Community colleges are designed to serve and meet the needs of the communities in which they are located. That’s why Hudson County Community College (HCCC) has decided to offer a Certificate of Competency in Social Justice and an AS in Human Services, Social Justice Advocacy.
“We provide education for a diverse group of people, and many of them are part of groups that experience social injustice,” said Dr. Denise Rossilli, Associate Professor and Human Services Program Coordinator at HCCC. “We felt there was a need for our community to provide them with an education to help reform these inequities and give them the tools to do so.”
HCCC is not alone. Less than 100 miles away, Camden County College (CCC) in NJ offers AA diversity and social justice. The coordinators of this program Drs. Nicole Jacoberger and Renee Samara said the degree’s development was a response to Black Lives Matter advocacy and the COVID-19 pandemic, which “revealed the depth of social inequality and its life-and-death consequences.” Samara said.
Careers that can come from certificates and degree programs at these two institutions vary from positions in civic leadership, community organizations, and human services to continuing on to a four-year college. Regardless of where students acquire their newly honed skills, experts believe the lessons learned in the classroom will improve their communities.
In Hudson County, NJ, where HCCC is located, 43% of residents were born outside the US. Fifty-eight percent of residents are non-native English speakers, and 16% of residents live below the poverty line. Rossilli said many of her students come from lower socioeconomic backgrounds. Just under three-quarters of students receive some form of financial aid. 55 percent of students at HCCC are Latinx and 13% are Black.
“[These students] they’ve experienced social injustice in various forms throughout their lives — giving them a major and an education will help them make changes so that others don’t experience what they did,” Rossilli said. “HCCC has two overarching institutional priorities – student success and diversity, equity and inclusion. The Social Justice Advocacy option and certificate truly “feeds” both of these priorities.”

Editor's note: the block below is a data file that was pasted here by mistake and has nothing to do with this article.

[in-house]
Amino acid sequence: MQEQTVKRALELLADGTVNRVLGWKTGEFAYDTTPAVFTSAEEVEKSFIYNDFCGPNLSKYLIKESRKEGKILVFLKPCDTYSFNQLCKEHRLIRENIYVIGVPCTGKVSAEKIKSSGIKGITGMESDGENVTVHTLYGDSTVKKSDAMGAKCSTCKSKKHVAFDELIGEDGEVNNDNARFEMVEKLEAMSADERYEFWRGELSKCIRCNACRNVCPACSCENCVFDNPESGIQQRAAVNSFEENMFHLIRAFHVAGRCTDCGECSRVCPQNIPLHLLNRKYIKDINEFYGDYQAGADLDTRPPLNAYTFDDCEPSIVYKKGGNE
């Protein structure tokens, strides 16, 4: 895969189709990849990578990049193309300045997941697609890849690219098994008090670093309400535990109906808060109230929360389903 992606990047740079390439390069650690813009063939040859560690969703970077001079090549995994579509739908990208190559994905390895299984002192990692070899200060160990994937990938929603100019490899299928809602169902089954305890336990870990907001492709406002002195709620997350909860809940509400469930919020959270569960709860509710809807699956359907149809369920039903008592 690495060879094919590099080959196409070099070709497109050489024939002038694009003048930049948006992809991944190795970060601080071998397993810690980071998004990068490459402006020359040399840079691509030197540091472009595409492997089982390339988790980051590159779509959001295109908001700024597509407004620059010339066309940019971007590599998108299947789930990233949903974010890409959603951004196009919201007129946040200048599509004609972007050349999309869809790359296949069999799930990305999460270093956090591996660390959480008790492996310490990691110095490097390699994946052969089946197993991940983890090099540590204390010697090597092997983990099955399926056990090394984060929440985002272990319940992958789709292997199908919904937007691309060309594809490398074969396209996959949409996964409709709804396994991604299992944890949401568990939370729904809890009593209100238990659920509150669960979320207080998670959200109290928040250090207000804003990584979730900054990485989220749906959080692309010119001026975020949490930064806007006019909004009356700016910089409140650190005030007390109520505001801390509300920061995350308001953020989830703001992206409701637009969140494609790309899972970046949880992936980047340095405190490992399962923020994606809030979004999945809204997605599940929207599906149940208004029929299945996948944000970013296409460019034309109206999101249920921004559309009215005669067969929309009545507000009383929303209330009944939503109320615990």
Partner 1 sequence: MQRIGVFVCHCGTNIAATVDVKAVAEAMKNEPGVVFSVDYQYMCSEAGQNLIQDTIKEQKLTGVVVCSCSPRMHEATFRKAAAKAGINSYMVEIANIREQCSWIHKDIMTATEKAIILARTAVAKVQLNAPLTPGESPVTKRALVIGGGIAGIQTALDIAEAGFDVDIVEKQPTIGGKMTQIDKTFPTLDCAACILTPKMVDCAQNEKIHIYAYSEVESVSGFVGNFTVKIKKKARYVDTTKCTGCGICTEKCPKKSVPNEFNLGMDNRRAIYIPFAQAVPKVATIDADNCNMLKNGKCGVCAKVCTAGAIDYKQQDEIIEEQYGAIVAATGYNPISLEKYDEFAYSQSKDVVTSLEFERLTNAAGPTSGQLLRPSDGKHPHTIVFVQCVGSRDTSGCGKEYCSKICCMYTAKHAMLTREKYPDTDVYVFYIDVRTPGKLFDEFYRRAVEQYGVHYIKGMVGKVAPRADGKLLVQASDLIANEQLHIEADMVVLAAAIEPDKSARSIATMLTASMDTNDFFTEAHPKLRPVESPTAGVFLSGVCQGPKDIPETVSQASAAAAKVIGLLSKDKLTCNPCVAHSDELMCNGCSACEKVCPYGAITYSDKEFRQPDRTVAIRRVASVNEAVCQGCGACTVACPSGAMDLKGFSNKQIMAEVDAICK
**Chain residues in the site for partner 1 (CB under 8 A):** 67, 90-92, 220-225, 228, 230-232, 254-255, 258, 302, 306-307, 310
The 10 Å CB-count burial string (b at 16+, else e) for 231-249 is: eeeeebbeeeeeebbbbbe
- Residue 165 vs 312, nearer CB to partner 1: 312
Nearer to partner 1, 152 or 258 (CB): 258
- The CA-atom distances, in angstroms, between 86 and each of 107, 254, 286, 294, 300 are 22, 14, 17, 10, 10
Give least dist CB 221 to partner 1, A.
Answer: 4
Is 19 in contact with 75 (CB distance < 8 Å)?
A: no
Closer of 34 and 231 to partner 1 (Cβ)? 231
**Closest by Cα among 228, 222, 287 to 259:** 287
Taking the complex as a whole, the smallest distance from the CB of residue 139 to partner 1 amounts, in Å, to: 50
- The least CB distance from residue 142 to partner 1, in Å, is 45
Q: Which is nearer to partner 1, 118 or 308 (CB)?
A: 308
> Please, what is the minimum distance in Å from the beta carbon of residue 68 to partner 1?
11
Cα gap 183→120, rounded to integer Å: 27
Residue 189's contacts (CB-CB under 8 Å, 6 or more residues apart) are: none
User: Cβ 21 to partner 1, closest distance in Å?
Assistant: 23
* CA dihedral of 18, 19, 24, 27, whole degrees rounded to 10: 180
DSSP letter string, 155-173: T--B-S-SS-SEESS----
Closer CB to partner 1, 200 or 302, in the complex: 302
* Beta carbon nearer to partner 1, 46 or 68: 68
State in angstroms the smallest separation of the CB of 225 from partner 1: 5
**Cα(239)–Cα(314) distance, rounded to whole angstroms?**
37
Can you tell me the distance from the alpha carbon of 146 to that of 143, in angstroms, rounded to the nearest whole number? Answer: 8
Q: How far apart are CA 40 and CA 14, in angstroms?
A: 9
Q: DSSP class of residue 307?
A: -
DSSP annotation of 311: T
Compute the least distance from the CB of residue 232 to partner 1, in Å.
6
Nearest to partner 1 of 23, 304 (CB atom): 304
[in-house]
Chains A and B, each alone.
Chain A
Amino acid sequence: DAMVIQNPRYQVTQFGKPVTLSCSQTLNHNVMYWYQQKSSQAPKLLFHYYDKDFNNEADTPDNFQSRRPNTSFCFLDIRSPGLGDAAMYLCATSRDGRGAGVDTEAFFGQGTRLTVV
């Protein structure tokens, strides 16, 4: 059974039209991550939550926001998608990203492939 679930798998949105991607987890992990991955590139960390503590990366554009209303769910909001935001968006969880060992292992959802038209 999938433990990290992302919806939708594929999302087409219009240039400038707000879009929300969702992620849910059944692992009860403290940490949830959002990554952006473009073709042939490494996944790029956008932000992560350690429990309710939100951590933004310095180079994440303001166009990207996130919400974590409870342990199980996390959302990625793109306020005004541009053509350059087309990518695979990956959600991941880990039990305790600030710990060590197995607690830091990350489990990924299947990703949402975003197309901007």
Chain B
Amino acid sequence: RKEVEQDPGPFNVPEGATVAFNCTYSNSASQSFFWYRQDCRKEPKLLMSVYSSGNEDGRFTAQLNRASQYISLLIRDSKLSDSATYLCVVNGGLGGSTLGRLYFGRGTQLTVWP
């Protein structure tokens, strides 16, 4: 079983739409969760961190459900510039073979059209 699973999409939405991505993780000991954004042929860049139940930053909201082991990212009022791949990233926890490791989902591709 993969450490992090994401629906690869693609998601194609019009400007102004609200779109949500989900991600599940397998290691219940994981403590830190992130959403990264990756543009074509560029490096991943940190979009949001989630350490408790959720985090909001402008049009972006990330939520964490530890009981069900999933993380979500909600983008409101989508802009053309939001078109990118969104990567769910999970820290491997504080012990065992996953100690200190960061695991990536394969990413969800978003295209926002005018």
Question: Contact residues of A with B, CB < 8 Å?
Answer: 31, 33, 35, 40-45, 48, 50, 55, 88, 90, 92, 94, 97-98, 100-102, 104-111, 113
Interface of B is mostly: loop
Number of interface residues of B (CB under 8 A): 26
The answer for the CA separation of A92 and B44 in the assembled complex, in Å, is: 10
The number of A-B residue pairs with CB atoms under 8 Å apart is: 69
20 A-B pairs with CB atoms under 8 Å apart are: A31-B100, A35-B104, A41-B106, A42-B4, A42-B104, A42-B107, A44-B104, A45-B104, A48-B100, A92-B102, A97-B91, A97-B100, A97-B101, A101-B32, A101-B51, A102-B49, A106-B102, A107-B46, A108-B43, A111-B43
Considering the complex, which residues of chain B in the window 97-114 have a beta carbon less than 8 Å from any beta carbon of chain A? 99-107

At CCC, Jacoberger is an assistant professor of history, while Samara is a professor in CCC’s sociology department. The two felt that their combination would help build a strong, interdisciplinary social justice program. While students can enter the workforce upon completion, Samara and Jacoberger said they believe the diversity and social justice background will be helpful for students pursuing a four-year degree or longer.
“Offering programs like diversity and social justice is the change higher education needs to resonate with individuals who question its value,” Samara said. “Colleges and universities should challenge individuals to challenge the status quo and rethink societal norms.”
Rossilli credits strong institutional support for diversity, equity and inclusion initiatives for creating HCCC’s new program — enrollment opened in fall 2022 and students are increasingly registering for majors and related courses. One of her students, Rossilli said, is already using skills from those courses as an intern at a transgender advocacy organization. Rossilli added that she will work to build more relationships with community organizations to create more internship opportunities.
“As the many inequities in social justice become more apparent and discussed, it is important for us to provide people with the knowledge needed to combat these issues in appropriate ways that not only bring attention to the issues, but bring about change,” Rossilli said. “Not only do we improve the lives of our students by offering them the opportunity for social mobility that education can offer, but they then enter communities to uplift oppressed and marginalized groups.”